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Wednesday, January 26, 2011

Breaking news!

On February 1, Farley will be moving into a different barn.

Life is a series of major transitions.

My last major transition was graduating from UC Davis. Life conspired to throw a million different things at me at once (of course!) and I had my first (and only to date) panic attack during this time.

I learned an important lesson.

There is a limit to the amount of stress that can be handled, even over the short term. Stress isn’t healthy and it will demand its payment physically and emotionally.

I’ve mentioned to several of you that I haven’t enjoyed riding in the last couple of months. Even non-riding activities that I used to enjoy, like trimming feet, have fallen by the wayside. Lately, Farley has become another chore and another thing that I “should be doing”, instead of something that I look forward to all day. It’s unlike me to be so ambivalent towards my 100 mile ride in 3 ½ weeks. Yes, I want to go – but the excitement is gone and if truth be told – I’m going more out of desperation that I’ll be able to find “it” again – the pleasure that I felt at this time last year – and to see my friends than for the actual ride. I find myself wanting to make excuses for cancelling lessons (even though I still go and don’t use the excuses), and although I enjoy the lessons once I’m there - I’m struggling. I find myself going and trying because I want to make my trainer happy, instead of doing them for myself. Riding, so long my stress-managing tool, has slowly become a stressor unto itself.

As I (not so patiently) wait for word on my vet school interview and other million things that are happening this year, it has become obvious that I MUST reduce the total amount of stress I'm having to deal with.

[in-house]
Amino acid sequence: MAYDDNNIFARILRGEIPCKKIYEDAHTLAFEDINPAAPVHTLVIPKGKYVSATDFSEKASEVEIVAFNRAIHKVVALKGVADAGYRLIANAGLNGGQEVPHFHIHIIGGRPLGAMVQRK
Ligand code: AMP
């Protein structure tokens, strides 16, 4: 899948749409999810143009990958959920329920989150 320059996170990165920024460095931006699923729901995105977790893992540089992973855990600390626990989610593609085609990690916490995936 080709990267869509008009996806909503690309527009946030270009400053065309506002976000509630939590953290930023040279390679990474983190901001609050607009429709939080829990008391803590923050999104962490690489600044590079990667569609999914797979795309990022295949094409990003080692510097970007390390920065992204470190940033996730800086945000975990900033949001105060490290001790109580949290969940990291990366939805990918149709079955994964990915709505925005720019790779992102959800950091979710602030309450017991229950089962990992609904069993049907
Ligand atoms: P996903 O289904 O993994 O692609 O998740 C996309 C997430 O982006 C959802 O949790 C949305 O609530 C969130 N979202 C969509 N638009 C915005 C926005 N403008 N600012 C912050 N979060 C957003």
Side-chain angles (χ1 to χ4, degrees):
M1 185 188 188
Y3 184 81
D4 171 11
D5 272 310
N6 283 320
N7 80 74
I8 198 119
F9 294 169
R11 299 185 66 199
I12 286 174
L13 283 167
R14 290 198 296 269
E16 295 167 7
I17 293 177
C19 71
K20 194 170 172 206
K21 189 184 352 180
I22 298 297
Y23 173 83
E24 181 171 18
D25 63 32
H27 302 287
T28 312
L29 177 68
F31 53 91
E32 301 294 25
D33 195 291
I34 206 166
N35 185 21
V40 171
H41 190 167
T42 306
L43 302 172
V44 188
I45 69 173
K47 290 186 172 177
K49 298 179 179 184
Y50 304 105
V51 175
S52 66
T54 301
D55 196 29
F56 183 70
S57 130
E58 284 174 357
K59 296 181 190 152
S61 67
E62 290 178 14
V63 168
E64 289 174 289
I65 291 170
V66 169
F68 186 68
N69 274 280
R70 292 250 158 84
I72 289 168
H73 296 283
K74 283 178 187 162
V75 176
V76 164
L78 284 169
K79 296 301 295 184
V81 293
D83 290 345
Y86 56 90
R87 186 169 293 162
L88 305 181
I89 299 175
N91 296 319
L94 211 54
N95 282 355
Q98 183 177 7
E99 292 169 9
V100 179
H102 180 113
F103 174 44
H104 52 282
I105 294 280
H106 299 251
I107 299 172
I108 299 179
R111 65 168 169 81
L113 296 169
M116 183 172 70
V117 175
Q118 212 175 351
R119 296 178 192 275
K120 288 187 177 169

It occurred to me on Monday that what I am paying in board, added to the cost of buying my own hay, was roughly equal to the cost of boarding at my trainer’s – which is full care. This is opposed to what I am doing, which is essentially self-care.

I didn’t realize how much unacknowledged stress was associated with how I was boarding Farley until I made the decision to move her. It doesn’t matter how well I was managing the stress or the winter-SAD stuff if the actual AMOUNT of stress is extremely high. You can only “manage away” a certain proportion. At some point you have to ELIMINATE stress instead of merely managing it.

I love having total control over the care and management of my horse, but I will get my chance again this summer for the next 4-5 years. In the meantime, not having to buy feed, feed hay, clean pens, worry about turn out, hook up the trailer 2x/week for lessons (and having to leave work early and thus trying to work split shifts), and feed supplements (only happens the 4-5 days/week I’m at the stable) is a huge relief. Not to mention access to arena with good footing year-round, not having to worry about security, and the knowledge that even on the days I can’t be there, Farley will be turned out, watched carefully and will get her supplements.